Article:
Just a quick post today to call your attention to a bill in the Unicameral that’s not attracting much attention, but should. WHEN THE EDUCATION COMMITTEE HELD A HEARING CONCERNING THIS BILL ON FEBRUARY 25TH, NO ONE SPOKE IN OPPOSITION.
LB512 was introduced by Senator Jim Scheer (Dist. 19), who’s a new face in the chamber this session. He formerly served on the state Board of Education and was inspired to introduce LB512 as a result of his experience there.
LB512 would explicitly give the State Board of Education and the State Department of Education the power to adopt Common Core educational standards and the assessment measures developed in connection with those standards and impose them upon schools across the State of Nebraska.
I can see you now in my mind’s eye: (YAWN . . . uh . . . So what?) I understand. That was my first response as well. But, read on.
What is Common Core? Common Core State Standards (CCSS) is a set of benchmarks defining what students should learn at particular grade levels and, to some degree, determining how that information should be taught. Since 2009, these standards
- have been the project of some D.C. nonprofit corporate and federal government bureaucrats;
- are being financed by the Bill and Melinda Gates Foundation and a bunch of educational testing and publishing companies, among others; and
- states have been pressured by the U.S. Department of Education to adopt these standards, sight unseen in many cases, in order to receive big money grants in the context of the “Race to the Top” competition — financed by $4.35 billion in stimulus funds awarded to the U.S. Department of Education to spend as it sees fit — AND in order to receive waivers from the same federal education authorities of No Child Left Behind requirements that these states’ schools cannot meet.
Here’s the first video in a short series that answers many of the questions you may have about Common Core that I can’t address in a single article. Besides, it’s very likely I could not do so good a job as you’ll see if you watch the entire video series, something that would take all of half an hour or so. If you can’t spare 30 minutes, at least watch this first one for a good start at understanding this very important issue. (Subsequent videos in the series will play automatically once the first is finished, or you can go to the link provided for the entire series, above, and watch them there.)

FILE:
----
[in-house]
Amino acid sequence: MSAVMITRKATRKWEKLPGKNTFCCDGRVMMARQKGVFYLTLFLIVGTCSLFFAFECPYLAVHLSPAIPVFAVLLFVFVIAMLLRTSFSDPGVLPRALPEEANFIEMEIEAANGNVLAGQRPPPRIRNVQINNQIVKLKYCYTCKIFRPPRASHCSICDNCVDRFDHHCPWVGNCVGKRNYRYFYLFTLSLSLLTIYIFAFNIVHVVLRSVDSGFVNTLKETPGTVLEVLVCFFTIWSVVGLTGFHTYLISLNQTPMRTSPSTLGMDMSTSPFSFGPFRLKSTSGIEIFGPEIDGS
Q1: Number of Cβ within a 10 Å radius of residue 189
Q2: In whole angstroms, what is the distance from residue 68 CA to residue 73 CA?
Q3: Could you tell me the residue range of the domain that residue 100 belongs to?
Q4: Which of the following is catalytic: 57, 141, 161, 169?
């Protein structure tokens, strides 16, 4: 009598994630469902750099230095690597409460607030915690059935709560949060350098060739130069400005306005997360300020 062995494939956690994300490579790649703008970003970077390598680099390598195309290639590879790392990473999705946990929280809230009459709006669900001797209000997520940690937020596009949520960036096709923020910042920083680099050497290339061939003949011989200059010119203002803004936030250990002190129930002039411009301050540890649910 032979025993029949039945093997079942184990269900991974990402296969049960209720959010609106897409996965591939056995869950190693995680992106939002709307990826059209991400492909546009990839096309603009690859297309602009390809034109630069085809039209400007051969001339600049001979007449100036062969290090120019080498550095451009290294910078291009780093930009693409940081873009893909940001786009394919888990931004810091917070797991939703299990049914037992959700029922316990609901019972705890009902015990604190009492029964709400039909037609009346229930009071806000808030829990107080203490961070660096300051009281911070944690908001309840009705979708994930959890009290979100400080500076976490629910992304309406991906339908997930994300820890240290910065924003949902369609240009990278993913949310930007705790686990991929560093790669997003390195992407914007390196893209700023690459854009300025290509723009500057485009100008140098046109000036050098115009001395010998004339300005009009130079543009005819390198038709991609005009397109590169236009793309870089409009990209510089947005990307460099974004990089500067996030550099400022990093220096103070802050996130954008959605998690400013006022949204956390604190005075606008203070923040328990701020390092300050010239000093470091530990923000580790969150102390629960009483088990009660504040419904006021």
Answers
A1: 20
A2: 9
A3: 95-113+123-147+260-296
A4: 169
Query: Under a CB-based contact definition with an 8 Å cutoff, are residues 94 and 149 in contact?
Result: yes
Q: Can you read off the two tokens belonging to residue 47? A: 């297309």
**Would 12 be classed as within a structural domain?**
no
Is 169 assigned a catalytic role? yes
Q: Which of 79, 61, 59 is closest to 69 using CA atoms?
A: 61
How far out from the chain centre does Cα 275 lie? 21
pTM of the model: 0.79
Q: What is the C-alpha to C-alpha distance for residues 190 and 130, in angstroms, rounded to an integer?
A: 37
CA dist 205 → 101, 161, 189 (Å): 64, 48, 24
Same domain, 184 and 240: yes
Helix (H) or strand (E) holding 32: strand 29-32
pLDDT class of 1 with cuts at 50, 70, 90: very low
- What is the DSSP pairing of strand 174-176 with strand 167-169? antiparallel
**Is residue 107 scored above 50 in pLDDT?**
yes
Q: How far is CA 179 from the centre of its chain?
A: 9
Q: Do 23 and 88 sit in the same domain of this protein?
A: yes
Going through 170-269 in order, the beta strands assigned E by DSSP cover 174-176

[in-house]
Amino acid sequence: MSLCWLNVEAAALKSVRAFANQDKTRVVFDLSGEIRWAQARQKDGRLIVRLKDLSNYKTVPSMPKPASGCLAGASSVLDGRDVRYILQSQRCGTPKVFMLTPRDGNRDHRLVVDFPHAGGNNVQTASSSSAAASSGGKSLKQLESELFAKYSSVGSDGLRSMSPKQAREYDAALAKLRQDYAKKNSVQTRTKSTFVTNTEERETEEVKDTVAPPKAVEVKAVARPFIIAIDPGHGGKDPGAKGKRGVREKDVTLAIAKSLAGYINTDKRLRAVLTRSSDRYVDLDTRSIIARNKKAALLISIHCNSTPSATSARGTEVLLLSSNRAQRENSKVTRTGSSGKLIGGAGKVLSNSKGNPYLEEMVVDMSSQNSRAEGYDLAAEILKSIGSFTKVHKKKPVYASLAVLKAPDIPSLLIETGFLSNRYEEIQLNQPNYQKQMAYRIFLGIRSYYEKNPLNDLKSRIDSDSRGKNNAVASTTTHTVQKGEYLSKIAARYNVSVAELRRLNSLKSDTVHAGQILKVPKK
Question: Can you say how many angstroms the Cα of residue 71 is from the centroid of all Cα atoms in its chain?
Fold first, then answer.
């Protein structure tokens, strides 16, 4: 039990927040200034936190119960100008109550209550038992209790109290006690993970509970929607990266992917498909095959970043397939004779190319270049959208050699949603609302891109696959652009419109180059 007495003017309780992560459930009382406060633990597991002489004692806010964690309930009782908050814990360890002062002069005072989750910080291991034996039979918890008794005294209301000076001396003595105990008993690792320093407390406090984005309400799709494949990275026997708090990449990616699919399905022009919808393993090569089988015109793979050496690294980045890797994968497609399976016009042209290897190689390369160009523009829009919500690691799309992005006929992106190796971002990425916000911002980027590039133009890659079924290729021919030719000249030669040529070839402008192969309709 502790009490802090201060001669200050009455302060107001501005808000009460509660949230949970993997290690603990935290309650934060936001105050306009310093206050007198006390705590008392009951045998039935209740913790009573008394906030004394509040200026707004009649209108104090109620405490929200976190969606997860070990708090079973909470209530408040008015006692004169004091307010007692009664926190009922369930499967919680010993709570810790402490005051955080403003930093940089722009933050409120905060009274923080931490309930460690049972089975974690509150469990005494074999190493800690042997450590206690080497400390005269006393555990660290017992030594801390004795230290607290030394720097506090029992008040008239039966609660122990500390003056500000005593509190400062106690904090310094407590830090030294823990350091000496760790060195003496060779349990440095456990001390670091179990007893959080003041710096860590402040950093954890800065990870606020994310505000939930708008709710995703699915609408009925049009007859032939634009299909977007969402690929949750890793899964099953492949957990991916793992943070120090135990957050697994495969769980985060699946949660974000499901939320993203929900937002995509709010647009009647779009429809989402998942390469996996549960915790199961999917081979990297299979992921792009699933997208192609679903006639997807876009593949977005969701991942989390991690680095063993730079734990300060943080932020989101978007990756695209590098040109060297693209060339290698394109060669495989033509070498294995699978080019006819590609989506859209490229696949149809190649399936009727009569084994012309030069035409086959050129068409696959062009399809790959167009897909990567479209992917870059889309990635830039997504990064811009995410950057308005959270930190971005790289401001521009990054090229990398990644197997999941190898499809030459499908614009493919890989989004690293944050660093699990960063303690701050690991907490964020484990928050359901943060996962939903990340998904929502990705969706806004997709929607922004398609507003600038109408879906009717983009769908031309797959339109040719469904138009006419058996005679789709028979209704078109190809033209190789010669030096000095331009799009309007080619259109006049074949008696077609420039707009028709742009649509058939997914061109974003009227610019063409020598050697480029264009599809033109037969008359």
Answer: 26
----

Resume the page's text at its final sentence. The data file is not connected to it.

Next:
Nebraska’s Board of Education and the State Department of Education have not taken the bait . . . at least, NOT YET and NOT WHOLLY. BUT, they ARE nibbling at it. The State Board of Education recently hired a pricey consultant to compare our current state standards with Common Core and report back about how Nebraska measures up. A review of current standards and statements about them by the Nebraska Department of Education indicates the Department is incorporating Common Core, aligning our current standards with Common Core, just without wholesale adoption. The Department says that’s because it wants to retain control and flexibility, which wholesale adoption would not allow. But, given the outcry that’s growing against Common Core in other states, it’s very likely Nebraska state officials have adopted a more, shall we say, stealthy approach to avoid similar resistance here.
We’ve already moved from local control of our schools to centralized state control. What LB512 does is relinquish the Unicameral’s control over this issue, ceding it to state education authorities. True, the individual members of the State Board of Education are elected by public vote, as are the members of the Unicameral. However, there are only eight members of the State Board who represent citizens within eight districts comprising the entire state. There are 49 senators — somewhat fewer constituents per senator in the Unicameral, theoretically making each individual citizen’s voice more influential there than with the State Board members.
In addition, I fear that State Board members, elected though they are by the people, are more responsive to the “educrats” at the State Department of Education, most of whose salary is paid for by federal funds, than to the people who vote the Board members into office. Unfortunately, however, the same may be said about the members of our Unicameral. Since the days of Woodrow Wilson, the idea of government by “expert” bureaucrats has taken hold in America, and it’s not a trend that’s consistent with local control, small government, or the constitution.
I don’t know about you, but I smell a rat. If something is so bad its proponents have to bribe you to get you to accept it, look out. And the fact that state education authorities in 45 of the 50 states have taken the money and run — WITHOUT EVEN SEEING THE STANDARDS IN MANY CASES — does not bode well for our chances that Nebraska will remain an, albeit partial, holdout. Just look how eager our elected officials are to jump on the Medicaid expansion bandwagon on the promise of boatloads of “free” federal tax dollars. Like the old joke goes, we’ve already established what they are. Now, they’re just haggling over the price.